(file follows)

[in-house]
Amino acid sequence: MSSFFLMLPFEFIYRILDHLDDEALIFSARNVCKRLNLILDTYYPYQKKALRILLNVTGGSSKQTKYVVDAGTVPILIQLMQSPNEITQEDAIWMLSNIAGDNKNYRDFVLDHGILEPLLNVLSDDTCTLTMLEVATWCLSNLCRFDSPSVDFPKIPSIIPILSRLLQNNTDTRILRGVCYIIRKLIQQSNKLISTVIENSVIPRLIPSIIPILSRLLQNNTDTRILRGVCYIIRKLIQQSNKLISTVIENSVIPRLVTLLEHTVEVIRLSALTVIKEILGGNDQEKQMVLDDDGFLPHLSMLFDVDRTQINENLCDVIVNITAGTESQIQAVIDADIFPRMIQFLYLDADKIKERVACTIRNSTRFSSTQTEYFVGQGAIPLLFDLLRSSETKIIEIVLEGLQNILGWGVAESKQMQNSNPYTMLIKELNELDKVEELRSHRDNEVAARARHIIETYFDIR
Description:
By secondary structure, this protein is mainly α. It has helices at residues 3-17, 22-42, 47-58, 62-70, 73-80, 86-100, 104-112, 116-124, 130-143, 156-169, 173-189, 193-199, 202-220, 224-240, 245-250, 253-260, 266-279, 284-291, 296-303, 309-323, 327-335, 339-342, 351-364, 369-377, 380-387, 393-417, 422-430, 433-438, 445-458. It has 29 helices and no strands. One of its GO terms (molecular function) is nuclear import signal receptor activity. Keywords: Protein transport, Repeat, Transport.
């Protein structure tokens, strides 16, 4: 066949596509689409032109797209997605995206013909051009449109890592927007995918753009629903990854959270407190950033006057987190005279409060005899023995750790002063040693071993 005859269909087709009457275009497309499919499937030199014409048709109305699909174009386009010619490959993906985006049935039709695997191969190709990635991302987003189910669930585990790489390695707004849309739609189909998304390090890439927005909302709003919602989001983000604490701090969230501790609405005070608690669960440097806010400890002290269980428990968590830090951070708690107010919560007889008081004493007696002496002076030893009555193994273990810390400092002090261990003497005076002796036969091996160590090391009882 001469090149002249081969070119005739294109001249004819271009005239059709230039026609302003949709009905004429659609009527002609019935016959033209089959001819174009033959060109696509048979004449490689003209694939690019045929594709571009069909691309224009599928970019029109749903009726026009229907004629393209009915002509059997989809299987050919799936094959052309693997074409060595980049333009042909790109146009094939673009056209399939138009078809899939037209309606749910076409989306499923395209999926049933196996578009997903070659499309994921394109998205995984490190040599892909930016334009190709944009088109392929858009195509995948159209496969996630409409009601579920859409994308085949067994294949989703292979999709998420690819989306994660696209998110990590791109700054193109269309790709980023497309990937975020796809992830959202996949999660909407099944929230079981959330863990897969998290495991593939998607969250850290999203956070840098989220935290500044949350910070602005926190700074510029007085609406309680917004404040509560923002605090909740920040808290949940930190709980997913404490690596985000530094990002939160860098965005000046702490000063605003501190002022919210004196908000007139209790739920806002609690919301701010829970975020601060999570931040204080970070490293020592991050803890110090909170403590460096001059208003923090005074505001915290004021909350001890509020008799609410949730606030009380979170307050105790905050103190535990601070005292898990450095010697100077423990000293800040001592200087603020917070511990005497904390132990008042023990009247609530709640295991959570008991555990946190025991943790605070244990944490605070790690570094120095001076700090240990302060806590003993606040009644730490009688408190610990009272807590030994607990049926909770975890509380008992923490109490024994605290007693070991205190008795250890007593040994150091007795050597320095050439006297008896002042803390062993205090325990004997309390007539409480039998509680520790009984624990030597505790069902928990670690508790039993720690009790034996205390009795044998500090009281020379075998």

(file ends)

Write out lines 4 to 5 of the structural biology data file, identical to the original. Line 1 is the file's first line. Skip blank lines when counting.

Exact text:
By secondary structure, this protein is mainly α. It has helices at residues 3-17, 22-42, 47-58, 62-70, 73-80, 86-100, 104-112, 116-124, 130-143, 156-169, 173-189, 193-199, 202-220, 224-240, 245-250, 253-260, 266-279, 284-291, 296-303, 309-323, 327-335, 339-342, 351-364, 369-377, 380-387, 393-417, 422-430, 433-438, 445-458. It has 29 helices and no strands. One of its GO terms (molecular function) is nuclear import signal receptor activity. Keywords: Protein transport, Repeat, Transport.
């Protein structure tokens, strides 16, 4: 066949596509689409032109797209997605995206013909051009449109890592927007995918753009629903990854959270407190950033006057987190005279409060005899023995750790002063040693071993 005859269909087709009457275009497309499919499937030199014409048709109305699909174009386009010619490959993906985006049935039709695997191969190709990635991302987003189910669930585990790489390695707004849309739609189909998304390090890439927005909302709003919602989001983000604490701090969230501790609405005070608690669960440097806010400890002290269980428990968590830090951070708690107010919560007889008081004493007696002496002076030893009555193994273990810390400092002090261990003497005076002796036969091996160590090391009882 001469090149002249081969070119005739294109001249004819271009005239059709230039026609302003949709009905004429659609009527002609019935016959033209089959001819174009033959060109696509048979004449490689003209694939690019045929594709571009069909691309224009599928970019029109749903009726026009229907004629393209009915002509059997989809299987050919799936094959052309693997074409060595980049333009042909790109146009094939673009056209399939138009078809899939037209309606749910076409989306499923395209999926049933196996578009997903070659499309994921394109998205995984490190040599892909930016334009190709944009088109392929858009195509995948159209496969996630409409009601579920859409994308085949067994294949989703292979999709998420690819989306994660696209998110990590791109700054193109269309790709980023497309990937975020796809992830959202996949999660909407099944929230079981959330863990897969998290495991593939998607969250850290999203956070840098989220935290500044949350910070602005926190700074510029007085609406309680917004404040509560923002605090909740920040808290949940930190709980997913404490690596985000530094990002939160860098965005000046702490000063605003501190002022919210004196908000007139209790739920806002609690919301701010829970975020601060999570931040204080970070490293020592991050803890110090909170403590460096001059208003923090005074505001915290004021909350001890509020008799609410949730606030009380979170307050105790905050103190535990601070005292898990450095010697100077423990000293800040001592200087603020917070511990005497904390132990008042023990009247609530709640295991959570008991555990946190025991943790605070244990944490605070790690570094120095001076700090240990302060806590003993606040009644730490009688408190610990009272807590030994607990049926909770975890509380008992923490109490024994605290007693070991205190008795250890007593040994150091007795050597320095050439006297008896002042803390062993205090325990004997309390007539409480039998509680520790009984624990030597505790069902928990670690508790039993720690009790034996205390009795044998500090009281020379075998």